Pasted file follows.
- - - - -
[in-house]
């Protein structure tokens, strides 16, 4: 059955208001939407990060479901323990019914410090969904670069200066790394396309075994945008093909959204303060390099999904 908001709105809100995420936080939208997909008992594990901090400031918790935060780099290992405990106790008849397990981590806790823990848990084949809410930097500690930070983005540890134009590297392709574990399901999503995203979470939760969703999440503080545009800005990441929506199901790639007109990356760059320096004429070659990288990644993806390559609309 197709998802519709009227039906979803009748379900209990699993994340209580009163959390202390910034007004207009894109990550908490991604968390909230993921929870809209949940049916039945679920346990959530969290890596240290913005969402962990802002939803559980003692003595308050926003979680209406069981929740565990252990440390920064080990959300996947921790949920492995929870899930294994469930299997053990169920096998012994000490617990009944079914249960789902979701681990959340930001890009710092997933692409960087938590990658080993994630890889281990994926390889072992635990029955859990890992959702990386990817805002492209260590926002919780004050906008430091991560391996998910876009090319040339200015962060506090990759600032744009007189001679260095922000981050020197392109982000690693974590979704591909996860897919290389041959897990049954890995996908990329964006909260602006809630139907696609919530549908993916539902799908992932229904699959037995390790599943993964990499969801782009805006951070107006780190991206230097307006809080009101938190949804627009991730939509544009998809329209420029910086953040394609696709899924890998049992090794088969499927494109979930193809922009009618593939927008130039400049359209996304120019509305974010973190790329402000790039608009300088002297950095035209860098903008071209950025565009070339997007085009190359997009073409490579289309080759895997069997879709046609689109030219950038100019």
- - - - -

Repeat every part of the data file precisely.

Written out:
[in-house]
């Protein structure tokens, strides 16, 4: 059955208001939407990060479901323990019914410090969904670069200066790394396309075994945008093909959204303060390099999904 908001709105809100995420936080939208997909008992594990901090400031918790935060780099290992405990106790008849397990981590806790823990848990084949809410930097500690930070983005540890134009590297392709574990399901999503995203979470939760969703999440503080545009800005990441929506199901790639007109990356760059320096004429070659990288990644993806390559609309 197709998802519709009227039906979803009748379900209990699993994340209580009163959390202390910034007004207009894109990550908490991604968390909230993921929870809209949940049916039945679920346990959530969290890596240290913005969402962990802002939803559980003692003595308050926003979680209406069981929740565990252990440390920064080990959300996947921790949920492995929870899930294994469930299997053990169920096998012994000490617990009944079914249960789902979701681990959340930001890009710092997933692409960087938590990658080993994630890889281990994926390889072992635990029955859990890992959702990386990817805002492209260590926002919780004050906008430091991560391996998910876009090319040339200015962060506090990759600032744009007189001679260095922000981050020197392109982000690693974590979704591909996860897919290389041959897990049954890995996908990329964006909260602006809630139907696609919530549908993916539902799908992932229904699959037995390790599943993964990499969801782009805006951070107006780190991206230097307006809080009101938190949804627009991730939509544009998809329209420029910086953040394609696709899924890998049992090794088969499927494109979930193809922009009618593939927008130039400049359209996304120019509305974010973190790329402000790039608009300088002297950095035209860098903008071209950025565009070339997007085009190359997009073409490579289309080759895997069997879709046609689109030219950038100019």